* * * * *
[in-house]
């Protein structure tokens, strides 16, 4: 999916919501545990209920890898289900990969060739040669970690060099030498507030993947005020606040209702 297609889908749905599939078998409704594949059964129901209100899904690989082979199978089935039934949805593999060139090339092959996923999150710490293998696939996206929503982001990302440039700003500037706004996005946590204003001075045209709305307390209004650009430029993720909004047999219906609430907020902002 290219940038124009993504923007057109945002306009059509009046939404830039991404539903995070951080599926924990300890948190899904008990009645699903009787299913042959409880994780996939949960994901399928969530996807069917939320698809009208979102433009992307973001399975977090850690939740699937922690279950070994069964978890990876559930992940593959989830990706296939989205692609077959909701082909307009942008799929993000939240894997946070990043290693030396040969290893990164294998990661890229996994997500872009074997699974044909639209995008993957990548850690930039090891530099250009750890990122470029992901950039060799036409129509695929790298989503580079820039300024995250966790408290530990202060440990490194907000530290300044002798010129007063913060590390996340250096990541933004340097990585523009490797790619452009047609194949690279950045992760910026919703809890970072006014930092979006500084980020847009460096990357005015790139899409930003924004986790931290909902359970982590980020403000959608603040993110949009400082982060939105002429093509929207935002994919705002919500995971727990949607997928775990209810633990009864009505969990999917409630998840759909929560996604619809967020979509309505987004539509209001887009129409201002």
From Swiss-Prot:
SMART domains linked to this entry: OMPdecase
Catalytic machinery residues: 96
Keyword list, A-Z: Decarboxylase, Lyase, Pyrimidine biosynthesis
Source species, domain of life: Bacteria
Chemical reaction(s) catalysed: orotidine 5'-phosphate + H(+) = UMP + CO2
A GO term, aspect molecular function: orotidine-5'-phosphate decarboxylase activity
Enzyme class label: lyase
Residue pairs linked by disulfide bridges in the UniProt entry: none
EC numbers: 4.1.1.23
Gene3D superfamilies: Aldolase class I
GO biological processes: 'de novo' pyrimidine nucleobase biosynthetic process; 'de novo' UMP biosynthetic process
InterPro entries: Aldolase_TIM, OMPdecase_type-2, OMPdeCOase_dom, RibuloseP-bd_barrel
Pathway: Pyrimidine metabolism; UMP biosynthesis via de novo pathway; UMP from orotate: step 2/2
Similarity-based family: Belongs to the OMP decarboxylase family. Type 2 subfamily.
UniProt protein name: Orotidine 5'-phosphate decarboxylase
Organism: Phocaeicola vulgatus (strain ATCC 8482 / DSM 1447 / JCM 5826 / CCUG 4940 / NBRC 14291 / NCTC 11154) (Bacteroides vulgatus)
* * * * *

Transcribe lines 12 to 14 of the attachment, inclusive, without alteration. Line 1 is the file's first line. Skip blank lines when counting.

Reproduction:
EC numbers: 4.1.1.23
Gene3D superfamilies: Aldolase class I
GO biological processes: 'de novo' pyrimidine nucleobase biosynthetic process; 'de novo' UMP biosynthetic process